|عنوان فارسی مقاله:||IPv6|
|عنوان انگلیسی مقاله:||IPv6|
|رشته های مرتبط:||مهندسی کامپیوتر، مهندسی فناوری اطلاعات، شبکه های کامپیوتری، اینترنت و شبکه های گسترده|
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بخشی از ترجمه فارسی مقاله:
اینترنت پروتکل ویرایش 6 یک پروتکل لایه ای شبکه ای برای packet-switched در کارهای اینترنتی می باشد. این نسخه از IP به اندازه IPV4 ،که نسخه فعلی پروتکل اینترنت برای کاربردهای عمومی در اینترنت است ،موفق طراحی شده است.
بخشی از مقاله انگلیسی:
Internet Protocol version 6 (IPv6) is a network layer protocol for packet-switched internetworks. It is designated as the successor of IPv4, the current version of the Internet Protocol, for general use on the Internet. The main improvement brought by IPv6 is the increase in the number of addresses available for networked devices, allowing, for example, each mobile phone and mobile electronic device to have its own address. IPv4 supports 232 (about 4.3 billion) addresses, which is inadequate for giving even one address to every living person, let alone supporting embedded and portable devices. IPv6, however, supports 2128 (about 340 billion billion billion billion) addresses, or approximately 5×1028 addresses for each of the roughly 6.5 billion people alive today. With such a large address space available, IPv6 nodes can have as many universally scoped addresses as they need, and network address translation is not required.
By the early 1990s, it was clear that the change to a classless network introduced a decade earlier was not enough to prevent the IPv4 address exhaustion and that further changes to IPv4 were needed. By the winter of 1992, several proposed systems were being circulated and by the fall of 1993, the IETF announced a call for white papers (RFC 1550) and the creation of the “IPng Area” of working groups. IPng was adopted by the Internet Engineering Task Force on July 25, 1994 with the formation of several “IP Next Generation” (IPng) working groups. By 1996, a series of RFCs were released defining IPv6, starting with RFC 2460. (Incidentally, IPv5 was not a successor to IPv4, but an experimental flow-oriented streaming protocol intended to support video and audio.) It is expected that IPv4 will be supported alongside IPv6 for the foreseeable future. However, IPv4-only clients/servers will not be able to communicate directly with IPv6 clients/servers, and will require service-specific intermediate servers or NAT-PT protocol-translation servers. Free Ipv4 adresseses will exhaust around 2010, which is within the depreciation time of equipment currently being acquired.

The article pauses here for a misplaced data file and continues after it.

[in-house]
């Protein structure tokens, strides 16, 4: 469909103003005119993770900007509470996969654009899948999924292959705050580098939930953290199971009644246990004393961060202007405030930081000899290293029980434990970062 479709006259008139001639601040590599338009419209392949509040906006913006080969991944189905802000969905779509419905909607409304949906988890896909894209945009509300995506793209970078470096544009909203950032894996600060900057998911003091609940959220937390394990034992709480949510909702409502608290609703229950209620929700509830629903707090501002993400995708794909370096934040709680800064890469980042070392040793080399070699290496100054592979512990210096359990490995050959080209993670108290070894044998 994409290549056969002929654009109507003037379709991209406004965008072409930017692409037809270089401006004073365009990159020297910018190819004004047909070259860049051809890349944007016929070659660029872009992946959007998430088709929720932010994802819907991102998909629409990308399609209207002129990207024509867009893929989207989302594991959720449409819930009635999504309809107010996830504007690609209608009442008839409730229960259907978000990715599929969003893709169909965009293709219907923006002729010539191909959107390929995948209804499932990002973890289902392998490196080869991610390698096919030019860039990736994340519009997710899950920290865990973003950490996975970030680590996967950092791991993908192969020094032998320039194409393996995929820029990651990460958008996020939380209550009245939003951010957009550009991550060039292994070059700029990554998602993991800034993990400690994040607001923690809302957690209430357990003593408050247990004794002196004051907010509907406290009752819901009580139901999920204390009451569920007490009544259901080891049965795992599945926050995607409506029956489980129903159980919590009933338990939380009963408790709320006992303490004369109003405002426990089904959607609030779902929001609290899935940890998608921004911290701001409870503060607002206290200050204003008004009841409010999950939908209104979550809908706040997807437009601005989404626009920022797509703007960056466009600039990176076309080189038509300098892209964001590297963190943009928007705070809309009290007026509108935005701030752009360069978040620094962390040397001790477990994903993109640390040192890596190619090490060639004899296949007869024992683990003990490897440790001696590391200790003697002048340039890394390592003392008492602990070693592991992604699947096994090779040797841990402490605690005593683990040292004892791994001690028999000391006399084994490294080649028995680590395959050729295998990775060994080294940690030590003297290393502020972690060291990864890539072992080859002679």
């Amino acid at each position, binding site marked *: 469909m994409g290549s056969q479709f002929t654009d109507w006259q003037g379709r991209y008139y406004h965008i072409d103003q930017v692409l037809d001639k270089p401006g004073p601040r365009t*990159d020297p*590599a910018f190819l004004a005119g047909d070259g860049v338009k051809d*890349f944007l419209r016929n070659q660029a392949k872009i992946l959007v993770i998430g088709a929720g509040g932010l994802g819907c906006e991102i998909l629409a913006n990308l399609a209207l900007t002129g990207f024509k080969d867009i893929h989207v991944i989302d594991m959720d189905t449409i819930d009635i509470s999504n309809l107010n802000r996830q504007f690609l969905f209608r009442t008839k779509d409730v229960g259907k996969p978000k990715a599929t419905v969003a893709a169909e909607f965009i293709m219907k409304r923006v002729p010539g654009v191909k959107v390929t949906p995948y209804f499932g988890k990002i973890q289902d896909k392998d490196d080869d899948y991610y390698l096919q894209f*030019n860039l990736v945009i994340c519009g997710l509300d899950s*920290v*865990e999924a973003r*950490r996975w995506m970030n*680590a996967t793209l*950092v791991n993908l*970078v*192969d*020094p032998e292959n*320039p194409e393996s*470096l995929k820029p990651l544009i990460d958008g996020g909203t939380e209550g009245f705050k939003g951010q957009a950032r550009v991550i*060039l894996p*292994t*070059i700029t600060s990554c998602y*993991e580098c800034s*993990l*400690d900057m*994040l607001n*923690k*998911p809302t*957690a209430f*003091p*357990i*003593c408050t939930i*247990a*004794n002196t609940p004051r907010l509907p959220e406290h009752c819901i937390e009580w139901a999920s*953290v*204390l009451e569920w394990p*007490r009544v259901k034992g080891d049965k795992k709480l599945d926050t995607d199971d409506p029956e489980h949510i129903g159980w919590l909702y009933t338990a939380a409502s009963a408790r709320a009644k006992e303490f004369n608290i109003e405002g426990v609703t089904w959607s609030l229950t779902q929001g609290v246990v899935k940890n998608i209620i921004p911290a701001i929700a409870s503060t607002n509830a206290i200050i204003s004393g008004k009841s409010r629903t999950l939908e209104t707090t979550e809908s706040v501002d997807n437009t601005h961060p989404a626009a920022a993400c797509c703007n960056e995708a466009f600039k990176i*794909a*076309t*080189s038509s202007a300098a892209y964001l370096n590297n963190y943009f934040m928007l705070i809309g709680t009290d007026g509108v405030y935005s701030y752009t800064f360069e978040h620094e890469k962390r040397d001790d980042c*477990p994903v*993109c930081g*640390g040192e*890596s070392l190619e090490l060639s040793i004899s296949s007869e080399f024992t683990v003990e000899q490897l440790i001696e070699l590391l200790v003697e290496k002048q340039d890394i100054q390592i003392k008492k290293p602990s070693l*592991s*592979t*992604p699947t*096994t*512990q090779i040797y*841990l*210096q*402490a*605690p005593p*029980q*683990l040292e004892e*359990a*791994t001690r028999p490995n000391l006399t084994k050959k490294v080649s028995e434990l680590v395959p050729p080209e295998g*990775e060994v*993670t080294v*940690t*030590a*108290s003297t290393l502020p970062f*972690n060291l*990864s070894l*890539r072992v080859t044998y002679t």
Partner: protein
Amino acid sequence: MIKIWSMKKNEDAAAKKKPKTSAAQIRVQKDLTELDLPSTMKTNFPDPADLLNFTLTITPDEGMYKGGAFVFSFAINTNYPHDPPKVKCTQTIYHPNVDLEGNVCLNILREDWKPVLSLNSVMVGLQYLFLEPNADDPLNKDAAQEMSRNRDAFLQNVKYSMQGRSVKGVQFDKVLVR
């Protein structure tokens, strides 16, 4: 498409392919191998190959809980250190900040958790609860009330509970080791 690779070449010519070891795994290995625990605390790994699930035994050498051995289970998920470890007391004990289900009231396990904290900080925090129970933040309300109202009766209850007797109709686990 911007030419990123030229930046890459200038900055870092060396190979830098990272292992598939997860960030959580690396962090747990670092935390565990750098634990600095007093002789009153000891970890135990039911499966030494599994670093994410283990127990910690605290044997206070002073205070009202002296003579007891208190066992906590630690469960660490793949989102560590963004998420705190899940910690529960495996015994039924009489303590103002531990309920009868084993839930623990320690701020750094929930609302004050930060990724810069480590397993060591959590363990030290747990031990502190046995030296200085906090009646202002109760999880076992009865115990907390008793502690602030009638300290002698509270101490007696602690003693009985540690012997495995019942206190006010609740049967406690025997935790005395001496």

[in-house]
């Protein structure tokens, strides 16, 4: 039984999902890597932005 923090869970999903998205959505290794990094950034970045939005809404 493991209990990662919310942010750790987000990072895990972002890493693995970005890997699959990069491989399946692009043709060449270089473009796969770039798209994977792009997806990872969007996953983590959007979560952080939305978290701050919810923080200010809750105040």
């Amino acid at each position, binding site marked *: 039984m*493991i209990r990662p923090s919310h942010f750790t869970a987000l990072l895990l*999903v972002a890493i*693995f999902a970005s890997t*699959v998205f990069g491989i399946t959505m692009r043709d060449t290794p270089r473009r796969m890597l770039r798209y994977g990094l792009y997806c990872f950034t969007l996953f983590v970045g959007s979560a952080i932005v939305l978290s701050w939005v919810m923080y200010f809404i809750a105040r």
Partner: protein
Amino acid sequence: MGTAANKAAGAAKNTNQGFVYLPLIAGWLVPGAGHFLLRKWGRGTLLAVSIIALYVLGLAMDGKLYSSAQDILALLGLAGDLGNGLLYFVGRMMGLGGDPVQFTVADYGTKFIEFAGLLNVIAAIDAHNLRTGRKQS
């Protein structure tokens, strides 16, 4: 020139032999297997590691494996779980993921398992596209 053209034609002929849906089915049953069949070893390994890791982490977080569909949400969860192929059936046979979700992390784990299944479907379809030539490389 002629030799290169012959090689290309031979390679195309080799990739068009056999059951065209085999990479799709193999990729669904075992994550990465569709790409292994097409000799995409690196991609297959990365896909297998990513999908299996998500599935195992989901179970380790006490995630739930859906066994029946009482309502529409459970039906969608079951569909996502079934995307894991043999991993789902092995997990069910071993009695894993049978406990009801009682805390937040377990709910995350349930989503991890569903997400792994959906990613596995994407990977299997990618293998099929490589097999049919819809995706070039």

Features of IPv6
To a great extent, IPv6 is a conservative extension of IPv4. Most transport- and application-layer protocols need little or no change to work over IPv6; exceptions are applications protocols that embed network-layer addresses (such as FTP or NTPv3). Applications, however, usually need small changes and a recompile in order to run over IPv6.
Larger address space
The main feature of IPv6 that is driving adoption today is the larger address space: addresses in IPv6 are 128 bits long versus 32 bits in IPv4. The larger address space avoids the potential exhaustion of the IPv4 address space without the need for network address translation and other devices that break the endto-end nature of Internet traffic. It also makes administration of medium and large networks simpler, by avoiding the need for complex subnetting schemes. Subnetting will, ideally, revert to its purpose of logical segmentation of an IP network for optimal routing and access. The drawback of the large address size is that IPv6 carries some bandwidth overhead over IPv4, which may hurt regions where bandwidth is limited (header compression can sometimes be used to alleviate this problem). The address size also lacks the immediate memorability of the more familiar, shorter IPv4 address.